Meeta Sahni, Maine-Tucker:

“I don’t think they should be, we work in the market and we know the value people bring. If we were going to break down their role, does it really justify a six/seven figure salary? No. Just as any MD or CEO of a business, MPs should be held accountable for budgetary and cultural successes of their constituencies, and perhaps a six figure salary could be justified based on pre-determined targets.”

Stephen Phillips, Tonic:

“Yes of course, these are senior people who have a big impact on how the country is run and so we need them to be appropriately compensated.”

Syd Nadim, Clock:

“Fairness seems to be a simple and intuitive concept. However in reality, and in certain situations, it’s rarely simple and is very subjective. In this situation it’s even further complicated because whilst we generally accept that market forces dictate how much people get paid, when it comes to public servants we also want to pay our MPs enough so that they’re not easily nobbled. We want a variety of expertise and experience influencing the governing of our country, not just the wealthy; £100k is a reasonable salary, but still not much when you think that England’s lack-lustre footballers earn 150 times that amount.”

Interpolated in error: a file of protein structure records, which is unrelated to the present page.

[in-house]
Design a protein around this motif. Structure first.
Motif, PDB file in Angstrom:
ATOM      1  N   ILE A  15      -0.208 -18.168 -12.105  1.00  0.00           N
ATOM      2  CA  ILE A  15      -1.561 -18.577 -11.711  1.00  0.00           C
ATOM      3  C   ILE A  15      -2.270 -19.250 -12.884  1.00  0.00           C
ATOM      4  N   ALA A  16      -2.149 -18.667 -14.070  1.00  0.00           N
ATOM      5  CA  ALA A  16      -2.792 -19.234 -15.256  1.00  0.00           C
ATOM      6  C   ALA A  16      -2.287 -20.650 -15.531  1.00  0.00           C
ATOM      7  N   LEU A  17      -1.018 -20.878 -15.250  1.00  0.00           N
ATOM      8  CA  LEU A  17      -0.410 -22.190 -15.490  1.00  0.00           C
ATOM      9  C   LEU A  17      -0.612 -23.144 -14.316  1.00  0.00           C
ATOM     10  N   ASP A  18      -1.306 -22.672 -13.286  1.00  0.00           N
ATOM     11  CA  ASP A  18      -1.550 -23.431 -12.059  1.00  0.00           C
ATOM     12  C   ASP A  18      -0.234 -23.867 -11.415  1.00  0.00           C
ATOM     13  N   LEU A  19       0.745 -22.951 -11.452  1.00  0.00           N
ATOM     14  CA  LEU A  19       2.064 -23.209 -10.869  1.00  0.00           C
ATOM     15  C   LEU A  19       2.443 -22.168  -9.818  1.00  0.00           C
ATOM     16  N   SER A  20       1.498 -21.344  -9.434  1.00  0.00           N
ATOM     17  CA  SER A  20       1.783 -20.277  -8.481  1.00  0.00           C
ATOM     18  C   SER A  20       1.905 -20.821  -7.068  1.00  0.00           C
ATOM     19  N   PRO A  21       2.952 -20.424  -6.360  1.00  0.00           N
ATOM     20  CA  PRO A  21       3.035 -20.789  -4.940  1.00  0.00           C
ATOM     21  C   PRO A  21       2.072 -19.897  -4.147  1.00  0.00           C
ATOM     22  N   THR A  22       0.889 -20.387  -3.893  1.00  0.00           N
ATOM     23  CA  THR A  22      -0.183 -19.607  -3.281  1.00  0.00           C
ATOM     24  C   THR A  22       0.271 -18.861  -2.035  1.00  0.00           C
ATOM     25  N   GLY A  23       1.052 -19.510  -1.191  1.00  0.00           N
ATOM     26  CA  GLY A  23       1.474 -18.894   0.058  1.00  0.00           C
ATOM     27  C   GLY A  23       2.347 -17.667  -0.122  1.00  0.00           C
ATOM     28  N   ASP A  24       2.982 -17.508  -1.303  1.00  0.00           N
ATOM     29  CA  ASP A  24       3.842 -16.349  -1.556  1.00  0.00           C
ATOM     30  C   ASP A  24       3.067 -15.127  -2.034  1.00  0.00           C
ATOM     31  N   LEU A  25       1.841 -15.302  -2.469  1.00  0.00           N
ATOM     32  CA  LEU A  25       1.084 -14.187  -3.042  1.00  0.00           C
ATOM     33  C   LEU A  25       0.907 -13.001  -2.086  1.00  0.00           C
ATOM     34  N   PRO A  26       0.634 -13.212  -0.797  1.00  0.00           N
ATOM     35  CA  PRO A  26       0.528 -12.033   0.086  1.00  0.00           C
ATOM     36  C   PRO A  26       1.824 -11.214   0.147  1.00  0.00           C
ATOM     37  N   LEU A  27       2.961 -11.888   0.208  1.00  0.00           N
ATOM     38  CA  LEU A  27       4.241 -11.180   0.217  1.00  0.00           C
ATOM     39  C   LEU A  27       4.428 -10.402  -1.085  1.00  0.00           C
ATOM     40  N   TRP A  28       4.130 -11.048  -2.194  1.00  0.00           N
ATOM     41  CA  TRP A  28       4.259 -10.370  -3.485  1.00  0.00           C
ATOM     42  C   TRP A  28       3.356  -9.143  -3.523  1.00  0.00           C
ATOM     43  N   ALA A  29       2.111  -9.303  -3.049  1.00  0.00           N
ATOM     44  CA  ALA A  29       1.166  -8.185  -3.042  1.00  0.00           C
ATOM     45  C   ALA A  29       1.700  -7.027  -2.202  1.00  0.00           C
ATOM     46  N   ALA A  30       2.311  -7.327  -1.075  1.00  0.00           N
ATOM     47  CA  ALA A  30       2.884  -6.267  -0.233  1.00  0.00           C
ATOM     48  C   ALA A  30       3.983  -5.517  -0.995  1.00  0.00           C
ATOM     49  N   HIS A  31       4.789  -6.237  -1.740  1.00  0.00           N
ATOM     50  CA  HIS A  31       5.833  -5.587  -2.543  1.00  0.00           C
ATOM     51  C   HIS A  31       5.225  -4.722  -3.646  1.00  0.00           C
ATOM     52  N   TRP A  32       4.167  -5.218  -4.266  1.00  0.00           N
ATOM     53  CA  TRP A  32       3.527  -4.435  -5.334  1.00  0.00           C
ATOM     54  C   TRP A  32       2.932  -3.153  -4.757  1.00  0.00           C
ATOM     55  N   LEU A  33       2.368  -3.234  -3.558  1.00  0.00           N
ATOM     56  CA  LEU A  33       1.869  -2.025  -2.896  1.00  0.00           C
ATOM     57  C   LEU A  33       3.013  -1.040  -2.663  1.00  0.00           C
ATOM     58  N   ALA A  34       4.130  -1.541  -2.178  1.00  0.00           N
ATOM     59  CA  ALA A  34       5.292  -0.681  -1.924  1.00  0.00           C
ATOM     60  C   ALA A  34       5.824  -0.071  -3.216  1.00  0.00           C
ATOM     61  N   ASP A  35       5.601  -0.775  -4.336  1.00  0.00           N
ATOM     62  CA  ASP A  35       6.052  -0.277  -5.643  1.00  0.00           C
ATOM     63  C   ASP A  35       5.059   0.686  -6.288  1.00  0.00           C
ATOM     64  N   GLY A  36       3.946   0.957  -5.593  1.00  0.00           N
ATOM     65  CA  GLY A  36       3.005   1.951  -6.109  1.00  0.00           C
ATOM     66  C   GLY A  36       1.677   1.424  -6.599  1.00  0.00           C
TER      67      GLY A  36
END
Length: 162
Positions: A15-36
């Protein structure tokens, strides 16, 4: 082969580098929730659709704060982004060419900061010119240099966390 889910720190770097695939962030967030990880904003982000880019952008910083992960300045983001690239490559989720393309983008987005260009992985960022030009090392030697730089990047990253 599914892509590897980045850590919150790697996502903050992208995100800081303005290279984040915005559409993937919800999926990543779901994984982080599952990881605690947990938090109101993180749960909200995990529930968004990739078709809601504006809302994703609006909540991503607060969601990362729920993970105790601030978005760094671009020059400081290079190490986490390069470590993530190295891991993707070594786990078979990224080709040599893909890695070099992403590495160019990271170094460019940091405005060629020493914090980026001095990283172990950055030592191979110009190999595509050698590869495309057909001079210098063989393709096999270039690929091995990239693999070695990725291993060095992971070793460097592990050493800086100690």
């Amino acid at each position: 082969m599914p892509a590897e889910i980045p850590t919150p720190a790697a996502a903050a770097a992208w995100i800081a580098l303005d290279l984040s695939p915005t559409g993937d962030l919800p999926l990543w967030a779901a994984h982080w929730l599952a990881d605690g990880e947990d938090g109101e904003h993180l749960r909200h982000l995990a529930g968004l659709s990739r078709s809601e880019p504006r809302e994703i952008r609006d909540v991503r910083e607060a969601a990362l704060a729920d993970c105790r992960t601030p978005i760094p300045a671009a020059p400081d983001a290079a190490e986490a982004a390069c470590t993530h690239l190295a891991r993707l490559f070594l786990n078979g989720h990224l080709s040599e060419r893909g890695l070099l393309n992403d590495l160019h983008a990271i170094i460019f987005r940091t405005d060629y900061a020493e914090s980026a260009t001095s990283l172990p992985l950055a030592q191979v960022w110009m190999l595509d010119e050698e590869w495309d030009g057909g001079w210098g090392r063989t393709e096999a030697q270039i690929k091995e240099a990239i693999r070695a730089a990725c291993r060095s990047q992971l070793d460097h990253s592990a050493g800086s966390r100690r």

Charlie Walker, Vivid:

“It’s rare that Nigel Farage and I agree on anything, but it’s an emphatic “yes” from me. Owning a successful UK recruitment business, I can say with confidence that were MPs to have equivalent levels of responsibility within the private sector then they would earn in excess of 100k. Yes, the holiday perks may be good, but circa 65k pay in return for displaying world-beating communication skills, working antisocial hours and debating hugely complex issues on behalf of constituents isn’t a fair market rate. Add to this the extensive local surgery work, weekly travel and the job insecurity of being an elected official and all of a sudden the proposal of a six-figure salary becomes more palatable.